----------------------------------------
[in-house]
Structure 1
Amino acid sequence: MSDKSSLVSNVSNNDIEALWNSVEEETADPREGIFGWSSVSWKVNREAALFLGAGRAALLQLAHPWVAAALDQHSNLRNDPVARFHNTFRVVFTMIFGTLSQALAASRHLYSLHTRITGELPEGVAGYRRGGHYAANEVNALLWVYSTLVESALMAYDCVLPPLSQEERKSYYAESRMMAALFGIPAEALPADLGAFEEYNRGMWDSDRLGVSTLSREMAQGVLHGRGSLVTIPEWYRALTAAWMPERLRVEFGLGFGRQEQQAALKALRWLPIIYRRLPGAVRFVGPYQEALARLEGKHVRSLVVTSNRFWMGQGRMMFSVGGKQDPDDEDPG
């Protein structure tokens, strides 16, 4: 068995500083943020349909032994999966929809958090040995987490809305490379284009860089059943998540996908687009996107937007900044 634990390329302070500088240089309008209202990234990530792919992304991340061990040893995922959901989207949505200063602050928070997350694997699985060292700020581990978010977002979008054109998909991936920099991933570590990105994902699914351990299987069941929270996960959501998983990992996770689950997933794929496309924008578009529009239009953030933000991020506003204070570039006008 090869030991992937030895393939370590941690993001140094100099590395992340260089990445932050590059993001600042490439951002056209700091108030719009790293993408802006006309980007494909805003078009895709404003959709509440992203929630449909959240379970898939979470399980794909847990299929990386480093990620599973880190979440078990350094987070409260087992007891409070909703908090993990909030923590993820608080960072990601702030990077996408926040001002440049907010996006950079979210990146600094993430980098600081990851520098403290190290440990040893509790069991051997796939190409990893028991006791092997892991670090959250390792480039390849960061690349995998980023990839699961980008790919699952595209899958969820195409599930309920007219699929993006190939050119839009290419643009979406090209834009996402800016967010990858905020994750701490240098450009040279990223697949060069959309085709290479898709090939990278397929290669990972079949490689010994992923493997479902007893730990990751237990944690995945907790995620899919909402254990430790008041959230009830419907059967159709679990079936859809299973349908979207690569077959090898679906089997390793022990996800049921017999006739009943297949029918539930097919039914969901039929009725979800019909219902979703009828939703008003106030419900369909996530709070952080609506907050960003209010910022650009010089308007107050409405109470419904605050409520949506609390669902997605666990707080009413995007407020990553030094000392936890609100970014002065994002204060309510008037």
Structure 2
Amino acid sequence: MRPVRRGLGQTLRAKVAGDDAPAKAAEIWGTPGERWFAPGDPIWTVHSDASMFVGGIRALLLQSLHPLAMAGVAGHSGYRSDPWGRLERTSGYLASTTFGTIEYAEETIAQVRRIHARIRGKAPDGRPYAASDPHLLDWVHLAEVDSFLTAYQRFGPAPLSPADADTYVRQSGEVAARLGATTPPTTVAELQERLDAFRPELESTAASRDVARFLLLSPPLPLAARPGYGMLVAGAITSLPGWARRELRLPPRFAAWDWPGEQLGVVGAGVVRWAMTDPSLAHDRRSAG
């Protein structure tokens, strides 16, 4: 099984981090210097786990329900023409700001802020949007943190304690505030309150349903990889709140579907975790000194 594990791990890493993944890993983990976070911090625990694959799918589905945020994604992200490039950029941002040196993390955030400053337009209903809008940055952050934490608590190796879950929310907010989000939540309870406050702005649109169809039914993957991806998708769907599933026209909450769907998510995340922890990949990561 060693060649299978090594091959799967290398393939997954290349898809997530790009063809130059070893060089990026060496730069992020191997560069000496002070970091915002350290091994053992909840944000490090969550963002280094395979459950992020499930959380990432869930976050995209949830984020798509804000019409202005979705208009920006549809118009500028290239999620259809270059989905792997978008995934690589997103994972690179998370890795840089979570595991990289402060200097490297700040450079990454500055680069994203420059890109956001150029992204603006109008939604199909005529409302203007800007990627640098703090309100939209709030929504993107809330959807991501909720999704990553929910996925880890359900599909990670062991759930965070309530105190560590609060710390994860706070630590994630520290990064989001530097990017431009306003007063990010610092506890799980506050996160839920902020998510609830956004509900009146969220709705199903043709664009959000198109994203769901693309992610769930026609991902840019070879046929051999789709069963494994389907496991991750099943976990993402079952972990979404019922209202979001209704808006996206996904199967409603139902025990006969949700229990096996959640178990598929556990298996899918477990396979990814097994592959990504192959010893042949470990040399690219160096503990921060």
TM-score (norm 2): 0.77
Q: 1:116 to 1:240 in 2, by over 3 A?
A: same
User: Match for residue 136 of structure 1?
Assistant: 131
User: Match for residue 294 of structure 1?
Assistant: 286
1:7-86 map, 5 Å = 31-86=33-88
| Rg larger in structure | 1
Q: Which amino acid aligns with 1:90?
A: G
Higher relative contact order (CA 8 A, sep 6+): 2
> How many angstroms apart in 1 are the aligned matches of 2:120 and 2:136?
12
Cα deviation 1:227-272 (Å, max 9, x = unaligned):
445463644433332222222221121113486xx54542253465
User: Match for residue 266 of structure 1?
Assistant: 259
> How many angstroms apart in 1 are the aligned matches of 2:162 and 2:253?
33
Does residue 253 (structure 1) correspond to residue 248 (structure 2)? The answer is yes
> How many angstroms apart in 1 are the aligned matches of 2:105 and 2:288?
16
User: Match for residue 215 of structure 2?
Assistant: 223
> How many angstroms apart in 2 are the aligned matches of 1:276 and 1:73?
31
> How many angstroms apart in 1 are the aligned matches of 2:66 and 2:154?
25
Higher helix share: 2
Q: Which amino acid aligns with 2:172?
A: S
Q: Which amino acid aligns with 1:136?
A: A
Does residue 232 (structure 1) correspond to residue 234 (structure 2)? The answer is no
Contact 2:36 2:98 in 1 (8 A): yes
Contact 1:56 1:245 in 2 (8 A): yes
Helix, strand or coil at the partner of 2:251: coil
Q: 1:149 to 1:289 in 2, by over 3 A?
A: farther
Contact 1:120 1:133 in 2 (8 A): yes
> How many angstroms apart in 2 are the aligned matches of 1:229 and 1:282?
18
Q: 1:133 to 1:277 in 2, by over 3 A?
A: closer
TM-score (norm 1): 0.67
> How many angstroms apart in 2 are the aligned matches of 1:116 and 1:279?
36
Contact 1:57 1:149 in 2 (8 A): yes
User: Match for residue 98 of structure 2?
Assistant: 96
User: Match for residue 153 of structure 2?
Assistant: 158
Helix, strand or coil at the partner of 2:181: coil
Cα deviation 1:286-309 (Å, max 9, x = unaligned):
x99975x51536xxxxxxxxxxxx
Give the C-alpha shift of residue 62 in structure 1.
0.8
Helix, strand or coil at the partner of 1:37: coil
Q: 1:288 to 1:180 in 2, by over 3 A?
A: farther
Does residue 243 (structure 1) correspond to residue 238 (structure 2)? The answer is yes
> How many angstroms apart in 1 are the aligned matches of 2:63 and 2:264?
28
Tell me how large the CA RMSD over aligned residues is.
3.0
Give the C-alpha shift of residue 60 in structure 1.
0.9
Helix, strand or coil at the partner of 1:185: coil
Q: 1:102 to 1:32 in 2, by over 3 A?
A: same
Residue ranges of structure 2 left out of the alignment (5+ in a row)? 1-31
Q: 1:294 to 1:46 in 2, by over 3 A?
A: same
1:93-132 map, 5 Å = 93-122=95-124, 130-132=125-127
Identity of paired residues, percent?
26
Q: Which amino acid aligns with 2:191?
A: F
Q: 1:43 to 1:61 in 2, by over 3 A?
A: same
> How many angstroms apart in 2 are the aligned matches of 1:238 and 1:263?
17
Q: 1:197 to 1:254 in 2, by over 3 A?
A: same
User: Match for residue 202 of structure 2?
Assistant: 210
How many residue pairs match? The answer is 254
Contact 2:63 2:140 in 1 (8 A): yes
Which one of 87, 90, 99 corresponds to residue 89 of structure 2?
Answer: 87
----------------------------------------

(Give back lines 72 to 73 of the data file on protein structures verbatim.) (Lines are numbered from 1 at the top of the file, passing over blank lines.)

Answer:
Tell me how large the CA RMSD over aligned residues is.
3.0